Obsessive-compulsive disorder is an anxiety disorder in which a person has an unreasonable thought, fear, or worry that he or she may try to manage by performing a ritual activity to reduce the anxiety. Frequently occurring disturbing thoughts or images are called obsessions, and the repeated rituals performed to try to prevent or dispel them are called compulsions.
During the normal growth and developmental process of children and adolescents, rituals and obsessive thoughts normally occur with a purpose and focus based on age. Preschool children often use rituals and routines around mealtimes, bath and bedtime to help them stabilize their expectations and understanding of their world.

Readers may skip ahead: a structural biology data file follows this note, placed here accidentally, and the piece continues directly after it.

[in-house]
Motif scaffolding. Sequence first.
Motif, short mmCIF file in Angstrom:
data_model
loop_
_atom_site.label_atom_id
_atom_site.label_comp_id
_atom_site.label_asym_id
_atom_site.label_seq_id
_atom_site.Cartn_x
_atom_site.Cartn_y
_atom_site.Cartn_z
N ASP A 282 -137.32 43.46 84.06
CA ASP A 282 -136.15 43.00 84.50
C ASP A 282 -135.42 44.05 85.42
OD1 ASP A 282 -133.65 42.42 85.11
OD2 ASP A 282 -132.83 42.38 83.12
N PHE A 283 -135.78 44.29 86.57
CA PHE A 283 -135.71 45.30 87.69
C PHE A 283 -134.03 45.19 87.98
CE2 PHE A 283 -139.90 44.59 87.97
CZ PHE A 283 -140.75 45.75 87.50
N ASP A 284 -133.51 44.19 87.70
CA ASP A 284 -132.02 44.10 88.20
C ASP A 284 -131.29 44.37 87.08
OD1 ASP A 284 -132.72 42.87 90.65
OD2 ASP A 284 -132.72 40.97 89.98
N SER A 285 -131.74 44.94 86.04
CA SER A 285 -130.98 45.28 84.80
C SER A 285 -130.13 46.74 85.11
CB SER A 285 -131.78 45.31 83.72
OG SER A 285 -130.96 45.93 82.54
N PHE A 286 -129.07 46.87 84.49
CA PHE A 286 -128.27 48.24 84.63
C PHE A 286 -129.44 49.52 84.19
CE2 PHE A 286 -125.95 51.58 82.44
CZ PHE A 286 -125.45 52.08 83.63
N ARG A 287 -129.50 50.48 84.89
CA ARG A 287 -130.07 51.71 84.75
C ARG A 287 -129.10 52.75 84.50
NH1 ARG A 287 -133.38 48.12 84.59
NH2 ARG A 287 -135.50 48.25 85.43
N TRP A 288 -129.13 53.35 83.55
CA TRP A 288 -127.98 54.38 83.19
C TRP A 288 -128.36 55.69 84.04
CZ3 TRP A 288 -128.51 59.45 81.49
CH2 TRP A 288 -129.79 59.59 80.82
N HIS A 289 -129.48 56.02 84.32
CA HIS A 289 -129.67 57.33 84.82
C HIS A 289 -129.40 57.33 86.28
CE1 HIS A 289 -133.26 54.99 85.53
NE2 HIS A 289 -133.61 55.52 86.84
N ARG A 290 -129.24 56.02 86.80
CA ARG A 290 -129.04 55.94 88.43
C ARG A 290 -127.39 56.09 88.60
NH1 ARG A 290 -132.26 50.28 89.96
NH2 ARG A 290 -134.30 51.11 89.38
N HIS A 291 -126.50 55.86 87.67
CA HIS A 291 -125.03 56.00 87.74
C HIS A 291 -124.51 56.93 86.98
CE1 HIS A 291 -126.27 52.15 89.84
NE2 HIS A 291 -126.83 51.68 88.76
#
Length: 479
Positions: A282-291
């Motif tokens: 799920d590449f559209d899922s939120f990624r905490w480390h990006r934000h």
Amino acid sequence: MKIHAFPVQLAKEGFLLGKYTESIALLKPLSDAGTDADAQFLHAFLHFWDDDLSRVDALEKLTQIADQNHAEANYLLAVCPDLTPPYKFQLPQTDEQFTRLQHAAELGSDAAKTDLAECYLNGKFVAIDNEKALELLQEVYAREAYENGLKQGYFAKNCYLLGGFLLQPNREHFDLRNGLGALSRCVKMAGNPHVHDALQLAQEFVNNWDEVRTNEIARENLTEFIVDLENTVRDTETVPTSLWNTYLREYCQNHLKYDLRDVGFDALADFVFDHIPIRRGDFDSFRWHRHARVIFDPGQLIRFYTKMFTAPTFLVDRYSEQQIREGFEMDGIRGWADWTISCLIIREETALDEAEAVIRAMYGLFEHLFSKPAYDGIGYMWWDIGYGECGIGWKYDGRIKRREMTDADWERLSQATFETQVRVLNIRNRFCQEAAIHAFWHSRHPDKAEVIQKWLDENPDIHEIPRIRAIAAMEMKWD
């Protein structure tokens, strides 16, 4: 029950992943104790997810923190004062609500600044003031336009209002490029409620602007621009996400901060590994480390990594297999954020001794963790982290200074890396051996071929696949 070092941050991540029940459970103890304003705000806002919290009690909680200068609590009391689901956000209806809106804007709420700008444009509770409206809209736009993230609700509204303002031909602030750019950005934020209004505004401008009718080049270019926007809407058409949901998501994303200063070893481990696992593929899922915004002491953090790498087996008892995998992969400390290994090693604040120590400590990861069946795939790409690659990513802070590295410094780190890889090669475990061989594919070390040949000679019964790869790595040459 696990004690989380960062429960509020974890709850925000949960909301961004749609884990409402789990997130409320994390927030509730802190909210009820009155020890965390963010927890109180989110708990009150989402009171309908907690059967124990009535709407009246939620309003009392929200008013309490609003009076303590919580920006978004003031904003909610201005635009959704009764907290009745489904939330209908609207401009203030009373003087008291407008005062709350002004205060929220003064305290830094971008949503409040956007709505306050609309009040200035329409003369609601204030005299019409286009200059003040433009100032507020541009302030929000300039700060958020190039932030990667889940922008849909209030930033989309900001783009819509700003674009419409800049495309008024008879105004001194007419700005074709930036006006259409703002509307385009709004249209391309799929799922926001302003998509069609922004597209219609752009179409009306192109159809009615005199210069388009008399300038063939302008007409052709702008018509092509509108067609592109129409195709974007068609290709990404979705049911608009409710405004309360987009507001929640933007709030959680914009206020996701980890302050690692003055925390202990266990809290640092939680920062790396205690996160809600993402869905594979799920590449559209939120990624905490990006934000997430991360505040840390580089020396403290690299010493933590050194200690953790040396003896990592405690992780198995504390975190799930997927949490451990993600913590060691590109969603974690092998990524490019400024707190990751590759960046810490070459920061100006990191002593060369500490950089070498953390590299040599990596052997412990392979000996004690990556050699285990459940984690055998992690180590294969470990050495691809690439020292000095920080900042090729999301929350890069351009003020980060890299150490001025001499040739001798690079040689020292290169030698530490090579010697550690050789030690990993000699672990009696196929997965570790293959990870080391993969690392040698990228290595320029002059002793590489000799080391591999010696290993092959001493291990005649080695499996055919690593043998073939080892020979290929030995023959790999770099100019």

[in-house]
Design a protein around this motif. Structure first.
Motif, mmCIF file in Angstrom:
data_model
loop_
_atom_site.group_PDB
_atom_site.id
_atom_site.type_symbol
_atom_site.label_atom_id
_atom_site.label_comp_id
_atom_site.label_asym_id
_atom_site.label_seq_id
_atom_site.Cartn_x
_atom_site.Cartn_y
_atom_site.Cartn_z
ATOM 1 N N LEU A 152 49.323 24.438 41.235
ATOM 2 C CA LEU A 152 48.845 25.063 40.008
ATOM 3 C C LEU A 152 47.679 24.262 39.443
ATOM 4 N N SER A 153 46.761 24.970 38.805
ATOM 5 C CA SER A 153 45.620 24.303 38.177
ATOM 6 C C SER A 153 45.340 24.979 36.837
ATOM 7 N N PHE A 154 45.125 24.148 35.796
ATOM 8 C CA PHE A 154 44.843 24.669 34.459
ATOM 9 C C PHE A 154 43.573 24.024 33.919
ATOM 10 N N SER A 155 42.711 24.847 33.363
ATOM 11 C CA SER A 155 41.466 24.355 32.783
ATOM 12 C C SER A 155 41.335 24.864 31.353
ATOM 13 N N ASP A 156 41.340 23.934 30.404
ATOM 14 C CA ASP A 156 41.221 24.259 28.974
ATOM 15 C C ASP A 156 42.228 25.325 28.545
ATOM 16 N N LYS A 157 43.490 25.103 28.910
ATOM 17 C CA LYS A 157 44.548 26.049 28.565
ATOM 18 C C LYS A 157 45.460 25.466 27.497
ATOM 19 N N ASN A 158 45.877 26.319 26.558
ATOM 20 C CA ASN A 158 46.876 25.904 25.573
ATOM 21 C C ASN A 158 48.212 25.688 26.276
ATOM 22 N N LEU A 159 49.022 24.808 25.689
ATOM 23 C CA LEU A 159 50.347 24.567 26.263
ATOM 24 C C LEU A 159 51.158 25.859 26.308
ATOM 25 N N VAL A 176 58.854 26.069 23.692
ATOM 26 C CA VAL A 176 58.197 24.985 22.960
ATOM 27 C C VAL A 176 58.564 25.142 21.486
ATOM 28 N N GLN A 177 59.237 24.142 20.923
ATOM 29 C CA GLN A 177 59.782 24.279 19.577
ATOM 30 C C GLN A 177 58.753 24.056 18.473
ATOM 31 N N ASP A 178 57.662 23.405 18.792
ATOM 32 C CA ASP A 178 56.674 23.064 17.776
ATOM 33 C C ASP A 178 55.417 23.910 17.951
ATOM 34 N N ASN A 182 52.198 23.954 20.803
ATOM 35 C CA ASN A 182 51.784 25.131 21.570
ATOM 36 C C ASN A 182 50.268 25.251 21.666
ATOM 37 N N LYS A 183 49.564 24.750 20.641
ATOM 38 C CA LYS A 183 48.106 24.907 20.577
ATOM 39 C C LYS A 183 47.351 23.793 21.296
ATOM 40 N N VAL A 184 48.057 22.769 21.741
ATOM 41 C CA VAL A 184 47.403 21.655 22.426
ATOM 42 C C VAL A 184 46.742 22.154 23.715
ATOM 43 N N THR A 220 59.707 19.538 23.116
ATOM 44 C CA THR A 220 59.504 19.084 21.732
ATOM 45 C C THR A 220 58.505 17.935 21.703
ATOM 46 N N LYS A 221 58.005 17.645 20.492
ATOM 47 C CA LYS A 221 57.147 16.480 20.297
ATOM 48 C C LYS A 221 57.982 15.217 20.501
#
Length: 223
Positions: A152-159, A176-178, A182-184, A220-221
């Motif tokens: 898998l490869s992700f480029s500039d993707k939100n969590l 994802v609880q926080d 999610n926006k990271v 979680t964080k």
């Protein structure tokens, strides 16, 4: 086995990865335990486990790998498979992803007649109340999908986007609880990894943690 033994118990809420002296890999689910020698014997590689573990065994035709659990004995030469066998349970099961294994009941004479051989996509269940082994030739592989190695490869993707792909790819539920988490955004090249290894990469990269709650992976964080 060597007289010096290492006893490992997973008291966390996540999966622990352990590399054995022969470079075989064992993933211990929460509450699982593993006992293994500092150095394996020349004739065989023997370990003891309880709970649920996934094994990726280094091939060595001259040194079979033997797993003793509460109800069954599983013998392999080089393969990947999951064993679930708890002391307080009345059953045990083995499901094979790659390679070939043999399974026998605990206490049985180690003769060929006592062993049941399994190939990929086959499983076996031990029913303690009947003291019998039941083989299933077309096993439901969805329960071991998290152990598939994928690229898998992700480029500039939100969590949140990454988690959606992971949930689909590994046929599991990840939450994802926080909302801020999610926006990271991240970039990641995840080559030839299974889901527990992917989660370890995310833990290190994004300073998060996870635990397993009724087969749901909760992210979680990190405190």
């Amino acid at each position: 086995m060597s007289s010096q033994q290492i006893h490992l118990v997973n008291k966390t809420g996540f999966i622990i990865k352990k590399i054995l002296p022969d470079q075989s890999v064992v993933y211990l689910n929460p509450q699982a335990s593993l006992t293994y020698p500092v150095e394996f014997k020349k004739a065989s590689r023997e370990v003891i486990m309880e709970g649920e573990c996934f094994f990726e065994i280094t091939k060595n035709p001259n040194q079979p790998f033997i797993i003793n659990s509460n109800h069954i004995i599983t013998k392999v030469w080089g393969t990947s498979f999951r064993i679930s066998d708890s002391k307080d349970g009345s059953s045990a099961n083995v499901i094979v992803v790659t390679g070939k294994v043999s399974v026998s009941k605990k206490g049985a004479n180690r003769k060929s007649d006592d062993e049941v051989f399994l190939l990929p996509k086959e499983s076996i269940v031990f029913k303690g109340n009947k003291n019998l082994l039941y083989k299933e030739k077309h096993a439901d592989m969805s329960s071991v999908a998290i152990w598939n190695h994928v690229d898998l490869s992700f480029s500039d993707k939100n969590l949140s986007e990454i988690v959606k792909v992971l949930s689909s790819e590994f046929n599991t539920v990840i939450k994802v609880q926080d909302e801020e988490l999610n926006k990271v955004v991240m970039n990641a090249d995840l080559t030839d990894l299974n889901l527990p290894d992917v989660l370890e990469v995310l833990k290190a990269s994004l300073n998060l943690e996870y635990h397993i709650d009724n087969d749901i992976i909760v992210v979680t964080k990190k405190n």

School-aged children normally develop group rituals as they learn to play games, team sports and recite rhymes. Older children and teens begin to collect objects and develop hobbies. These rituals help individuals to socialize and learn to master anxiety.
An individual with OCD has obsessive thoughts that are unwanted and related to fears (such as a fear of touching dirty objects) and uses compulsive rituals to control the fears (such as excessive hand washing).
When OCD is present, obsessive thoughts cause distress and compulsive rituals can become so frequent or intense that they interfere with activities of daily living (ADLs) and normal developmental activities.